Is It Better To Repair Or Replace A Fender?

2nd series 1955 Chevy Truck Part 1: A Time-is-Money Comparison

By “Rotten” Rodney Bauman   –   Photography by the Author

Sure, we can salvage an original fender, but just because it’s possible doesn’t mean it’s practical. For our ongoing 2nd series 1955 Chevy truck project we’d decided early on to salvage as much of the truck’s original sheet metal as possible. In theory, that still sounds pretty good. In retrospect, however, we should’ve focused harder on practicality.

01 2nd series 1955 Chevy Truck Part 1 A Time is Money Comparison
So, here’s our starting point: one used-original fender, abrasive-blasted with roughed-out metalwork pretty much done, and one new-reproduction fender from Brothers Truck Parts.
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As a crash-damage estimator I’ll admit I’m hit ’n’ miss. After all these (roughly 46) years in the panel-pounding profession, I still have that tendency to underestimate metalworking, as well as filler working, times. Now with embarrassing hours invested, I’ve done it again. I’ve worked way too hard on this truck’s original right front fender.

Read More: How to Fill Holes in Metal with Pre-Fabbed Discs

02 We like to keep a fleet of portable work stands ready at all times
We like to keep a fleet of portable work stands ready at all times. From Summit Racing, this one’s close to 20 years old. Accessory ballast and pool toy padding not included.

Over on the other side (the driver side) we’ve abandoned the original front fender and door in favor of reproduction panels from Brothers Truck Parts. At the time of our purchase the brand-new fender was just under $500. Even though shipping (to Montana in our case) might’ve cost about as much, it might’ve still been the better deal.

03 Earlier on the task force truck this fenders metalwork was addressed
Earlier on the task force truck, this fender’s metalwork was addressed. The dented eyebrow’s B-side, however, was difficult to access. Here on the ’stand we’ll get a handle dolly on it.
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Since our project truck will be running both new-reproduction and used-original fenders, we have an opportunity to compare cost, quality, and perhaps, most importantly, that practicality we’ve been talking about.

04 our Chevy task forces original fender sports some cracks
In addition to its wrinkles, crinkles, lumps, and bumps, our Chevy task force’s original fender sports some cracks. There’s one side-to-side difference right there.

While we’ve been working on other panels (cab, hood, inner fenders) we thought our front fenders were stored safely enough against the body stall wall. The used fender has already been abrasive-blasted and, for the most part, roughed-out metal work was done during mockup when the truck’s front group was last screwed together.

Read More: Keeping Your Classic Truck Cool

05 The used original fender has a seam here above the headlamp
The used-original fender has a seam here above the headlamp at just about 2 o’clock. The new-reproduction fender does not.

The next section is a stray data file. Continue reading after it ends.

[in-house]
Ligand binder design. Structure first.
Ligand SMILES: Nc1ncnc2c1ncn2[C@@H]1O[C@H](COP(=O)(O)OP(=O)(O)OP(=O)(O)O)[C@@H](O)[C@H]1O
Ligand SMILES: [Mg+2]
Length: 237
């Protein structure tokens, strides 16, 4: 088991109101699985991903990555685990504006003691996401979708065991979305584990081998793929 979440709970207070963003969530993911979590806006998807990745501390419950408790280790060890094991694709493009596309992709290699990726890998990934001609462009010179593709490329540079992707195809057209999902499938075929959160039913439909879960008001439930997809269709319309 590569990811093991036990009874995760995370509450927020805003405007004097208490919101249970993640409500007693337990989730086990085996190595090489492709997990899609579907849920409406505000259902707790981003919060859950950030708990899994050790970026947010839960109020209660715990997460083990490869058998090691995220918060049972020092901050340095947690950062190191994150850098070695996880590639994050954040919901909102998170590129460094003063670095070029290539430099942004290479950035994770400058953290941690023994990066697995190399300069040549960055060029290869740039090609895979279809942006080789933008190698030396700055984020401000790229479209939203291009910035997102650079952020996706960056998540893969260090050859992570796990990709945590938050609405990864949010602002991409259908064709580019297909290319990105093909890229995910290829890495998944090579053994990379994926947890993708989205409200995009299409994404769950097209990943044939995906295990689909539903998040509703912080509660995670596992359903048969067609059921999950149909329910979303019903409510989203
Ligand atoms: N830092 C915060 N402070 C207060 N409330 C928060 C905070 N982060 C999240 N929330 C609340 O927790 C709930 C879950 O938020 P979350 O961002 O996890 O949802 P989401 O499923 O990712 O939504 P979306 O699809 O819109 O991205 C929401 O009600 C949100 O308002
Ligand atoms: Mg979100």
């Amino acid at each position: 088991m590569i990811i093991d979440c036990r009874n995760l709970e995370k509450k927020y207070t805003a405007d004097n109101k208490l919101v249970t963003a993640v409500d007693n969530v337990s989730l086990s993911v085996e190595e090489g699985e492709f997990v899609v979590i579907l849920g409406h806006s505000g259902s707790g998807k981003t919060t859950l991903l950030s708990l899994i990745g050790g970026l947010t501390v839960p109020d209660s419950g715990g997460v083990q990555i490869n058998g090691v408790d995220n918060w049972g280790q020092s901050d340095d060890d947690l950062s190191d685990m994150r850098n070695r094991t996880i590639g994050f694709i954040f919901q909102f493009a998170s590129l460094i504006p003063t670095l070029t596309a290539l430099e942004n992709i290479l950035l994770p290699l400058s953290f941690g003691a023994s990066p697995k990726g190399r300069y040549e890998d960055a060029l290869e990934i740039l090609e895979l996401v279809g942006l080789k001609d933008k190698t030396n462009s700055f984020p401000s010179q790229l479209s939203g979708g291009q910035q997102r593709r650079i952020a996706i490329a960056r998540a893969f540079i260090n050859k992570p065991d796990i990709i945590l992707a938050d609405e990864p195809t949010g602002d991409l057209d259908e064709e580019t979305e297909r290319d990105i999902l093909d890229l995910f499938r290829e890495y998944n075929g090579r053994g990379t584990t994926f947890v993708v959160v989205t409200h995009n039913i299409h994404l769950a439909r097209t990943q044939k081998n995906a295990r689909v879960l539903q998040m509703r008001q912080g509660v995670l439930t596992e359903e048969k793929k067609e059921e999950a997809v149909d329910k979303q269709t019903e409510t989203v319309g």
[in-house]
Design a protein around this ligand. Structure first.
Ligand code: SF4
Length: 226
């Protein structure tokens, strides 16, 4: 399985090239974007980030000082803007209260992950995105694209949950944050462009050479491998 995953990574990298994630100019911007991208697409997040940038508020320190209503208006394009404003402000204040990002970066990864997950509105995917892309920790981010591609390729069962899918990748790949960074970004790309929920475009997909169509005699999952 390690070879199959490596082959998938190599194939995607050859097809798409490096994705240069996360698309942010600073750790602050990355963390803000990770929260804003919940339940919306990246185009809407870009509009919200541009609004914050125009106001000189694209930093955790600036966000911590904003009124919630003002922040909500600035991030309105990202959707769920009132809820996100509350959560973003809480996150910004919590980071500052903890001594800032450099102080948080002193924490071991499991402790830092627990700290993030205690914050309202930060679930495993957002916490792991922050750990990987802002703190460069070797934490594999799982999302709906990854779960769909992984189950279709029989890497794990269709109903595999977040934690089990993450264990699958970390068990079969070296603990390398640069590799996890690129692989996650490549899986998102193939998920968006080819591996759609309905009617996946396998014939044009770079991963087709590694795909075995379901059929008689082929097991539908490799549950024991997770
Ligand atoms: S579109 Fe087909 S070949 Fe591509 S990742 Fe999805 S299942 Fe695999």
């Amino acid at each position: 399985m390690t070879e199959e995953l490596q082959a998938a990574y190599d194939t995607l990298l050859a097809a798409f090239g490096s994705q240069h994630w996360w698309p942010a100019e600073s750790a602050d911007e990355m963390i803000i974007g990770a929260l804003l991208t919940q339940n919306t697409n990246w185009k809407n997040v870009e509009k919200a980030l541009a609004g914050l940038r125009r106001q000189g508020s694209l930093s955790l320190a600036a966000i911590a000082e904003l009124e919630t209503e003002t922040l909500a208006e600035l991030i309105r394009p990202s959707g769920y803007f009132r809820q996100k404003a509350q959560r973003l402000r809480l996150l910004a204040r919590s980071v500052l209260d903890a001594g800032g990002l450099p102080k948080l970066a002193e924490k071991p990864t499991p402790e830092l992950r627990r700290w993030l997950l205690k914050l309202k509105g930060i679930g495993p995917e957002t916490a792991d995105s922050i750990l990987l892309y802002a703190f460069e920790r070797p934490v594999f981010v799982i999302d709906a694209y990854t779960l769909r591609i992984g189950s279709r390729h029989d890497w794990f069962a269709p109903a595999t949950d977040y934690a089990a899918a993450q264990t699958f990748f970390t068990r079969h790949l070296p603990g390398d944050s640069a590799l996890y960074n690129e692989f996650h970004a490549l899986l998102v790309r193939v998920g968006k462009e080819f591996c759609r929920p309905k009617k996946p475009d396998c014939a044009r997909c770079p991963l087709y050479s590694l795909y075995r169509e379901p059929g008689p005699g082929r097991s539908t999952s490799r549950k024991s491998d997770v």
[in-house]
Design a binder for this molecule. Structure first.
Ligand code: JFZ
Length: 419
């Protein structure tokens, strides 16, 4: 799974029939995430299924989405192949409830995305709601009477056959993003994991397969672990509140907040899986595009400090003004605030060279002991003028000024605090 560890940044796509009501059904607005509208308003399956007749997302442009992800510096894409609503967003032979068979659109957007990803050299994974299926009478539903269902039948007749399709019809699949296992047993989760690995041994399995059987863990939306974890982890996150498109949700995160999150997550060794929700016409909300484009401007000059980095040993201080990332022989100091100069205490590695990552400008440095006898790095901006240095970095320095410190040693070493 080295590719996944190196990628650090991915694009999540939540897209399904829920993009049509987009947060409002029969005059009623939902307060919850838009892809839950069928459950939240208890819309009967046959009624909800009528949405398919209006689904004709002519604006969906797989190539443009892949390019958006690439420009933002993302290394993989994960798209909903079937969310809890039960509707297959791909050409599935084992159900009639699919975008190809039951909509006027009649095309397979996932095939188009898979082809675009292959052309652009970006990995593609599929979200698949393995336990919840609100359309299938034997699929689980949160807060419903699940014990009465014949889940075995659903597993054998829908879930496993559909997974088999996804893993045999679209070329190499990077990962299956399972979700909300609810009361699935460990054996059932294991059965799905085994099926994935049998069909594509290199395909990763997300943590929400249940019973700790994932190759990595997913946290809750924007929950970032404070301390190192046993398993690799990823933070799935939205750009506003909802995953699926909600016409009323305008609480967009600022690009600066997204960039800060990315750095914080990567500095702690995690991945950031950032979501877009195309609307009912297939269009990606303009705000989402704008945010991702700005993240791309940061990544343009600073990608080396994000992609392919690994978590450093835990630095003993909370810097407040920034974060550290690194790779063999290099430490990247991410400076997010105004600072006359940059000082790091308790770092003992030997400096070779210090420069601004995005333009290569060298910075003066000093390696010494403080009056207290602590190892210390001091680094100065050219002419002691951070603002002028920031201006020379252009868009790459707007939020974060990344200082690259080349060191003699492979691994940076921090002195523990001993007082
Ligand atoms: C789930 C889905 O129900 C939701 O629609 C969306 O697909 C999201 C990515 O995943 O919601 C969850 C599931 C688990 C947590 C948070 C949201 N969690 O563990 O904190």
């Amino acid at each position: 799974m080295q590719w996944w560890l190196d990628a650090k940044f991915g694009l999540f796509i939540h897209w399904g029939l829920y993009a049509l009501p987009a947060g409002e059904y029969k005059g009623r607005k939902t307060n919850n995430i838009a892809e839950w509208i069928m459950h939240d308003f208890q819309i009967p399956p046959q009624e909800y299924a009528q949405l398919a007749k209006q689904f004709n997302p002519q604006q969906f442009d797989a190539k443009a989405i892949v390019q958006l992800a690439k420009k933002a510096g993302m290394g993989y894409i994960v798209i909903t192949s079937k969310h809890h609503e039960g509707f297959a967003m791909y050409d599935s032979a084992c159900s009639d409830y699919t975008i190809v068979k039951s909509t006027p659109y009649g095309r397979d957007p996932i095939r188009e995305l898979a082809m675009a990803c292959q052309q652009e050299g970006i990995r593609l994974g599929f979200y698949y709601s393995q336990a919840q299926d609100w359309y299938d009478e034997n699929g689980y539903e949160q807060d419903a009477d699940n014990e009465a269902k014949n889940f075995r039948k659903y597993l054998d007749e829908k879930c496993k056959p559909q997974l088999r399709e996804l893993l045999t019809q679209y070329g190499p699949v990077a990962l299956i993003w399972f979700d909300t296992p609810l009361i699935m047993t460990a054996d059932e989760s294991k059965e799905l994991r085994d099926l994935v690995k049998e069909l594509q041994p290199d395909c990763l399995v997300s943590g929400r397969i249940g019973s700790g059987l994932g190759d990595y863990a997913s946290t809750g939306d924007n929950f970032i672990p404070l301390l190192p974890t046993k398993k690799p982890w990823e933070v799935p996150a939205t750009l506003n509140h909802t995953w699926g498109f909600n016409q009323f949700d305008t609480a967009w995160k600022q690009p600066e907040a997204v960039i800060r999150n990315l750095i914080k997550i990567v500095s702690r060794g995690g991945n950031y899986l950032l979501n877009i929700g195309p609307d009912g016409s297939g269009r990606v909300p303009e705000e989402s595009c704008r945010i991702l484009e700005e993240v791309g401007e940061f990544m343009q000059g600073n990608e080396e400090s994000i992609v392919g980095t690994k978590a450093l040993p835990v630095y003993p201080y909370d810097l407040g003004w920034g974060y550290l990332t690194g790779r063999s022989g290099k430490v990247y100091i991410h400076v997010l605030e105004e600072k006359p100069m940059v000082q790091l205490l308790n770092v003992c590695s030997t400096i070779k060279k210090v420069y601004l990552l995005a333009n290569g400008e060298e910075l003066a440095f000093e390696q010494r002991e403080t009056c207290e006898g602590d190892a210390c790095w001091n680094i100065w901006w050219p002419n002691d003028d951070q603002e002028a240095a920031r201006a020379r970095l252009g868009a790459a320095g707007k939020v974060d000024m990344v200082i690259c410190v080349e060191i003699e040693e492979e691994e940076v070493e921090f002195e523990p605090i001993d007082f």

At the time of this typewriting one dent remains in the used fender’s eyebrow. With that fender secured to a portable work stand, we can access the dent’s backside more easily now.

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So, from the big brown corrugated-cardboard box, is our new-reproduction fender ready for the paint department? By this shop’s standards, no, but it’s seeming to be close.

06 The new reproduction fender has a seam here beside the headlamp
The new-reproduction fender has a seam here beside the headlamp at just about 3 o’clock. The used-original fender does not.

On the truck, the new-reproduction fender has already been test-aligned with new and used adjacent panels. With minimal modification, the reproduction fender’s rearward edge matches the reproduction door’s forward edge just fine. Our original hood was crash damaged anyway, so we’ve done the work to make it fit in with its surroundings.

07 By our own measurements the original fenders skin is 18 gauge steel
By our own measurements, the original fender’s skin is 18-gauge steel. The reproduction reads closer to 19-gauge—so let’s ease up a little with our hammer smacks from here.

Perhaps like you, we hear other builders’ complaints regarding reproduction panel fitment. We’re always open-minded and willing to listen to those who’ve fought those types of battles. All we can tell you here is, to this point, on this job, we’re not having their exact same difficulties. Even so, let’s leave a little room for surprises.

08 Here however on the new reproduction fender we see some sort of splatter
Apart from surgically clean polyester dust everywhere, our body stall is an operating room. Here, however, on the new-reproduction fender, we see some sort of splatter.

Soon you’ll see it anyway, so I might as well fess up to a little boo-boo—something that occurred months ago during our panel-alignment marathon. Back when we were going for gaps, the brand-new fender’s upper-rearward edge seemed low where it met the beltline edge of the door. Plopped atop the cowl a single body shim made the needed difference, but not before I’d hastily employed a Keysco leverage bar. If by chance you’re unfamiliar, that’s an age-old body shop tool—and it’s ordinarily my friend!

Read More: Coilover Buyer’s Guide For Classic Trucks

09 Somehow our abrasive blasted original fender is also affected by mysterious splatter
Somehow, our abrasive-blasted original fender is also affected by mysterious splatter. In this instance it’s become scale rust, which won’t clean up so easily.

Not to distract too much from my own personal goofs, but do you ever get the feeling you’ve been somewhere before? Somehow it seems as though we’ve touched on the necessary fillerworking subject here—not so long ago. This time, rather than expounding deep technical details, let’s just focus on the aforementioned practicality. New versus old—let’s consider this a time-is-money comparison.